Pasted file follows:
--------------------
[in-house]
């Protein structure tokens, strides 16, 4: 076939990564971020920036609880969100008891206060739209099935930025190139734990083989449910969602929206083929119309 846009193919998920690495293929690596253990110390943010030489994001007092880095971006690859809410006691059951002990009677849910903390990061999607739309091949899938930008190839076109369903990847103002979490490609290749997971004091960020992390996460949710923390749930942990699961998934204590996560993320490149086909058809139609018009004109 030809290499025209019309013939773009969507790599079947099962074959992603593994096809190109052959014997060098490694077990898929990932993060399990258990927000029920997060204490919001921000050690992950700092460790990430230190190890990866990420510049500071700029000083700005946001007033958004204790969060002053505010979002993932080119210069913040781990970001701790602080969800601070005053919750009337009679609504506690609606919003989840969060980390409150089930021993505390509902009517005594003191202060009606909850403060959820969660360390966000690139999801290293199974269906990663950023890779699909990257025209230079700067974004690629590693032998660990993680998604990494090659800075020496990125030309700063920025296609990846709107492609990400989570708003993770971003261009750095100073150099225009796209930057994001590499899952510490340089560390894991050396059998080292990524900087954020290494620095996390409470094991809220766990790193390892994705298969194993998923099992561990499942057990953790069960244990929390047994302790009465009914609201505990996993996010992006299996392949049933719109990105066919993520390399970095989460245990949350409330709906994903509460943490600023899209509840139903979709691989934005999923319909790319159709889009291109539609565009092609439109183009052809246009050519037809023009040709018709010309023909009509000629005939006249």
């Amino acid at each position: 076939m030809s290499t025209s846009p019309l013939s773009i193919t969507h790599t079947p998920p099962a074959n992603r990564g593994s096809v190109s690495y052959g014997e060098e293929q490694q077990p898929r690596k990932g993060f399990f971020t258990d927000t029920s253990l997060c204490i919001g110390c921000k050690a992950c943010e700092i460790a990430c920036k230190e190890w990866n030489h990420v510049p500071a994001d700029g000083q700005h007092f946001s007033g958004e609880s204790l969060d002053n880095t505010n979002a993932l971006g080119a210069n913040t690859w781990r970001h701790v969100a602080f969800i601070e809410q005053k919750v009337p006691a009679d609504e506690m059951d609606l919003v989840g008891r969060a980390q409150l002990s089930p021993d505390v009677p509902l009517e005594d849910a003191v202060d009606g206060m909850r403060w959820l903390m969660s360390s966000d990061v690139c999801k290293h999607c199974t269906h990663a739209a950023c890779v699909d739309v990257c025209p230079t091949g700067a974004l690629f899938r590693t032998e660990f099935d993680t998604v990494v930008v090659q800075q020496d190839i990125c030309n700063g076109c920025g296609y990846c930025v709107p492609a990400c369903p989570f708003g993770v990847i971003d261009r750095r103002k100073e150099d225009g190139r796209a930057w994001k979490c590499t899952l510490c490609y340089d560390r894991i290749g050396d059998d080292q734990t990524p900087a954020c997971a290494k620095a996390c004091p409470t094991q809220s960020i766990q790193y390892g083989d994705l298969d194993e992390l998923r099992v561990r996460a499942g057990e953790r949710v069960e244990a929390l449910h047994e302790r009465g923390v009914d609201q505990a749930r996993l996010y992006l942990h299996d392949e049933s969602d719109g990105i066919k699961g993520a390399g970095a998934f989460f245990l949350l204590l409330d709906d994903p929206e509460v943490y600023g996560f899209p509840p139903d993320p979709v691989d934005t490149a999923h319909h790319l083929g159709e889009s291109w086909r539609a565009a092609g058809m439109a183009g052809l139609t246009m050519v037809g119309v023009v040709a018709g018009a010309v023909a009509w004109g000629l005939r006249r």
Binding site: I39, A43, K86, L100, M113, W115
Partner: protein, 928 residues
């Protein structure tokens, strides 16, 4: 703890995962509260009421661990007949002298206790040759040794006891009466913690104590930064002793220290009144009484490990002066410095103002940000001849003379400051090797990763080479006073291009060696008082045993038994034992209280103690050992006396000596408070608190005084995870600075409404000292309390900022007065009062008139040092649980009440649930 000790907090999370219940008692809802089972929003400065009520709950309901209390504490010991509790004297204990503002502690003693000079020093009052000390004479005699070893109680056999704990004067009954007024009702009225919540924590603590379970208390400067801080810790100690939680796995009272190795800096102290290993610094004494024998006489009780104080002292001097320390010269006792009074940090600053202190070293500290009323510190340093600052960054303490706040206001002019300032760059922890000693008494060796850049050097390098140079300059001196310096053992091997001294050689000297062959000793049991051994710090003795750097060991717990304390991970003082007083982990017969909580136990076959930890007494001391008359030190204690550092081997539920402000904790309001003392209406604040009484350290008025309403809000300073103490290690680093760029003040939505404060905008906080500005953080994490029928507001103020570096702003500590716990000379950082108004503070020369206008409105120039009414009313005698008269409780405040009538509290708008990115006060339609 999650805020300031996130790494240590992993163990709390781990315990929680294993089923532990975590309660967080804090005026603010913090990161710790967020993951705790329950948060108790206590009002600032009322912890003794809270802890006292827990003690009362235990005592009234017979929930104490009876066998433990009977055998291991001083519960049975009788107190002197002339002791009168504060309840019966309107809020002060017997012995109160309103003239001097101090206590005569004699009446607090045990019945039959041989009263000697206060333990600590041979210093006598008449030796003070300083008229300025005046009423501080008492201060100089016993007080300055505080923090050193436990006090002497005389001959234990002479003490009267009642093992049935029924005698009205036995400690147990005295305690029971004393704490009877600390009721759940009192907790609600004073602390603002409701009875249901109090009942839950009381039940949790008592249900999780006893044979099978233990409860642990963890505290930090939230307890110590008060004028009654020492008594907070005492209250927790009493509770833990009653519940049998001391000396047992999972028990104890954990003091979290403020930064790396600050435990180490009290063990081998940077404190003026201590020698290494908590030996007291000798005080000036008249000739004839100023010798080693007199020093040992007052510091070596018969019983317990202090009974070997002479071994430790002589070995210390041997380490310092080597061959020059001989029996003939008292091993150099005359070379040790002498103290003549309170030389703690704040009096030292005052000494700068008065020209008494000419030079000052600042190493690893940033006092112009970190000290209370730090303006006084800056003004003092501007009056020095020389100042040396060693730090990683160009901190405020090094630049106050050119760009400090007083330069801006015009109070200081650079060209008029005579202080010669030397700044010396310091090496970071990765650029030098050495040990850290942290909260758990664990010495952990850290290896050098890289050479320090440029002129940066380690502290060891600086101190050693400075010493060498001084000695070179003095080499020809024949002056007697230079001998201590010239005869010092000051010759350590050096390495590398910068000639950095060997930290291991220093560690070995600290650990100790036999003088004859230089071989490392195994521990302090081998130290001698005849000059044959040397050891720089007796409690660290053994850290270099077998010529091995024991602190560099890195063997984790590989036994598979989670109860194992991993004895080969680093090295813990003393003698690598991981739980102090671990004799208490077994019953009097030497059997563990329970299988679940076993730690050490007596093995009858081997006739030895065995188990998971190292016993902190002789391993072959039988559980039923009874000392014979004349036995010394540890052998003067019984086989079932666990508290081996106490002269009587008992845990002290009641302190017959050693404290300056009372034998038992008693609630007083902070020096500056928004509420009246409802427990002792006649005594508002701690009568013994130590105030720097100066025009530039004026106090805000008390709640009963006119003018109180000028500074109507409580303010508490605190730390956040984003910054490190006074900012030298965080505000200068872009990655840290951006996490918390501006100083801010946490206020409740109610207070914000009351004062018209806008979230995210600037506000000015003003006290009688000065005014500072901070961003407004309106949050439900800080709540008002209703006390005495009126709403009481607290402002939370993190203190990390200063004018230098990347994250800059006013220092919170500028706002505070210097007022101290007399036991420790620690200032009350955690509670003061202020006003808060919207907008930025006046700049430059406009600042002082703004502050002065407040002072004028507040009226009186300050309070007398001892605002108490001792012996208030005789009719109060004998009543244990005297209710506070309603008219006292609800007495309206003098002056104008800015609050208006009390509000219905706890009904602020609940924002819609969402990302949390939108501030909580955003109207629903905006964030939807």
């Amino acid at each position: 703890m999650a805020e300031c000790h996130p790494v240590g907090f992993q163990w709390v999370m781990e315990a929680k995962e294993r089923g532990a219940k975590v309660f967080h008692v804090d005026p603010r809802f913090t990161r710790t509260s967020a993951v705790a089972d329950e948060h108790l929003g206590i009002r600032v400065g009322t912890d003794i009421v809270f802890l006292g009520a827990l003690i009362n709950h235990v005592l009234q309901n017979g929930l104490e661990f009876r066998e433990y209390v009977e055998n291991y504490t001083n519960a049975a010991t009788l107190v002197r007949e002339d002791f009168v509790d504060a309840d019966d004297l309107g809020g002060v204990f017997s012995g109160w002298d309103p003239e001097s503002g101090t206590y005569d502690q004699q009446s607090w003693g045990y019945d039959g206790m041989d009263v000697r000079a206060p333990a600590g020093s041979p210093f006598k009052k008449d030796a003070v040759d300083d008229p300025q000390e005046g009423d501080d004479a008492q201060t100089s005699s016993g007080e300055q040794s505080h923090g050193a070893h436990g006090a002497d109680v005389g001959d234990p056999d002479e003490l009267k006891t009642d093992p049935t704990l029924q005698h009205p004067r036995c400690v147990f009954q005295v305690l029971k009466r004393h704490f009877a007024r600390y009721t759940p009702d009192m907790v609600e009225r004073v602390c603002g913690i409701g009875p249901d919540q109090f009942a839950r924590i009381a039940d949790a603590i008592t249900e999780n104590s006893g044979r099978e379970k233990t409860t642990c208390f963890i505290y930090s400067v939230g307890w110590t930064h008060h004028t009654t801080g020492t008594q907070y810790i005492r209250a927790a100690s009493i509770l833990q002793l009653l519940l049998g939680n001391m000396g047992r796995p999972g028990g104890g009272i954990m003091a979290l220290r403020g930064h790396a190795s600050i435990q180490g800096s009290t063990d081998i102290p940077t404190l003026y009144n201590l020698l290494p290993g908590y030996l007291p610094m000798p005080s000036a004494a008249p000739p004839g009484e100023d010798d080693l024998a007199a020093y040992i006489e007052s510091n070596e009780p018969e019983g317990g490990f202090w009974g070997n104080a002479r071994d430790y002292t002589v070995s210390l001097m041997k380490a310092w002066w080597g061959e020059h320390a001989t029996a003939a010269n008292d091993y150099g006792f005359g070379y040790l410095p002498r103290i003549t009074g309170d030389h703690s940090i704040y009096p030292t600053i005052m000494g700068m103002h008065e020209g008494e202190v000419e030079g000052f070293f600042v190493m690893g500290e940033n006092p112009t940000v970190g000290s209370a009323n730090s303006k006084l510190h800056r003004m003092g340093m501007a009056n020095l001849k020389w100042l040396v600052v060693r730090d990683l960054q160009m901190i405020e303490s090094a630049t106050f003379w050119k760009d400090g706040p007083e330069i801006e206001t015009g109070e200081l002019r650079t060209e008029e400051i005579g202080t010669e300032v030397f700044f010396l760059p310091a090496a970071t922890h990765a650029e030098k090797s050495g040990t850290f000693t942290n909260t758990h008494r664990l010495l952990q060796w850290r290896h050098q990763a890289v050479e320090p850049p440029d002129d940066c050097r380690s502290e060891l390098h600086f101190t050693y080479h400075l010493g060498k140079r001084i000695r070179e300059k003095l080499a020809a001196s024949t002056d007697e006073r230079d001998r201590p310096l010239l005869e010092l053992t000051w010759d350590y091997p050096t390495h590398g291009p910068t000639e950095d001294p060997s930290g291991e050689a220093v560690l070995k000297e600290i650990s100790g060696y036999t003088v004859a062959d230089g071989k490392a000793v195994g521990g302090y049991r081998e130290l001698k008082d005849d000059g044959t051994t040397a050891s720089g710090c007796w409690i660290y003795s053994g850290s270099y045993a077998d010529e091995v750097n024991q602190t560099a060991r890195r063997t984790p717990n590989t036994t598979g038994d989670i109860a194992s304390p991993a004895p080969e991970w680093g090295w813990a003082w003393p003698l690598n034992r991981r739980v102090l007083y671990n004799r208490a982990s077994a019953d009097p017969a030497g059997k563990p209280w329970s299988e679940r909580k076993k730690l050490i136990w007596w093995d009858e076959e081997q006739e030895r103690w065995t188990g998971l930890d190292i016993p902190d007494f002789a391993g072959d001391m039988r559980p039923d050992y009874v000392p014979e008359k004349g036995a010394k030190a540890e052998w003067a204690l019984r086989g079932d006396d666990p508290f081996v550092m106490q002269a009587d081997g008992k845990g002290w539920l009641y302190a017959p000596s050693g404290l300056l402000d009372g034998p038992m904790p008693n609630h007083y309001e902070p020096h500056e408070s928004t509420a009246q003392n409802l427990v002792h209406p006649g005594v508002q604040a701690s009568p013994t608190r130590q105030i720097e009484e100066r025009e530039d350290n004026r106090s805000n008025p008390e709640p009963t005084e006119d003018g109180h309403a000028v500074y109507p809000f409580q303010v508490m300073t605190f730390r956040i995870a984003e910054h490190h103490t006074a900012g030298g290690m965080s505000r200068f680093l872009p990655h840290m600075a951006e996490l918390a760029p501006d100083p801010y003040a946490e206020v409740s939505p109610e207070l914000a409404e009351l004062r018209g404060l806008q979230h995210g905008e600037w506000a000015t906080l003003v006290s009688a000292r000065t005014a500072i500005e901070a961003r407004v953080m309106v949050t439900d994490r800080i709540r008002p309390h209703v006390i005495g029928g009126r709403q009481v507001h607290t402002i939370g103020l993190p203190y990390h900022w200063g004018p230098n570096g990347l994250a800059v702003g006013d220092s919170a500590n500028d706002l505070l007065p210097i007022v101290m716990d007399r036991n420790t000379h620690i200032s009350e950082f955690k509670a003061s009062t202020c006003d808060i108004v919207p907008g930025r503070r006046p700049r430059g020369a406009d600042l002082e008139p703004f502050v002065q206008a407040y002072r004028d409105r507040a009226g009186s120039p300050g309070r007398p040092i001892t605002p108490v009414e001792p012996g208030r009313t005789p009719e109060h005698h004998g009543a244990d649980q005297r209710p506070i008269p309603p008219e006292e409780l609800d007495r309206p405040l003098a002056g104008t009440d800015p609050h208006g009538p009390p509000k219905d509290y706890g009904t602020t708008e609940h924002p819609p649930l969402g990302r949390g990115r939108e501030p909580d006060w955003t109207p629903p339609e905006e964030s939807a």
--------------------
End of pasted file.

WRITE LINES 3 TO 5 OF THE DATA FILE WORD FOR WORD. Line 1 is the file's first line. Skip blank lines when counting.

């Amino acid at each position: 076939m030809s290499t025209s846009p019309l013939s773009i193919t969507h790599t079947p998920p099962a074959n992603r990564g593994s096809v190109s690495y052959g014997e060098e293929q490694q077990p898929r690596k990932g993060f399990f971020t258990d927000t029920s253990l997060c204490i919001g110390c921000k050690a992950c943010e700092i460790a990430c920036k230190e190890w990866n030489h990420v510049p500071a994001d700029g000083q700005h007092f946001s007033g958004e609880s204790l969060d002053n880095t505010n979002a993932l971006g080119a210069n913040t690859w781990r970001h701790v969100a602080f969800i601070e809410q005053k919750v009337p006691a009679d609504e506690m059951d609606l919003v989840g008891r969060a980390q409150l002990s089930p021993d505390v009677p509902l009517e005594d849910a003191v202060d009606g206060m909850r403060w959820l903390m969660s360390s966000d990061v690139c999801k290293h999607c199974t269906h990663a739209a950023c890779v699909d739309v990257c025209p230079t091949g700067a974004l690629f899938r590693t032998e660990f099935d993680t998604v990494v930008v090659q800075q020496d190839i990125c030309n700063g076109c920025g296609y990846c930025v709107p492609a990400c369903p989570f708003g993770v990847i971003d261009r750095r103002k100073e150099d225009g190139r796209a930057w994001k979490c590499t899952l510490c490609y340089d560390r894991i290749g050396d059998d080292q734990t990524p900087a954020c997971a290494k620095a996390c004091p409470t094991q809220s960020i766990q790193y390892g083989d994705l298969d194993e992390l998923r099992v561990r996460a499942g057990e953790r949710v069960e244990a929390l449910h047994e302790r009465g923390v009914d609201q505990a749930r996993l996010y992006l942990h299996d392949e049933s969602d719109g990105i066919k699961g993520a390399g970095a998934f989460f245990l949350l204590l409330d709906d994903p929206e509460v943490y600023g996560f899209p509840p139903d993320p979709v691989d934005t490149a999923h319909h790319l083929g159709e889009s291109w086909r539609a565009a092609g058809m439109a183009g052809l139609t246009m050519v037809g119309v023009v040709a018709g018009a010309v023909a009509w004109g000629l005939r006249r």
Binding site: I39, A43, K86, L100, M113, W115
Partner: protein, 928 residues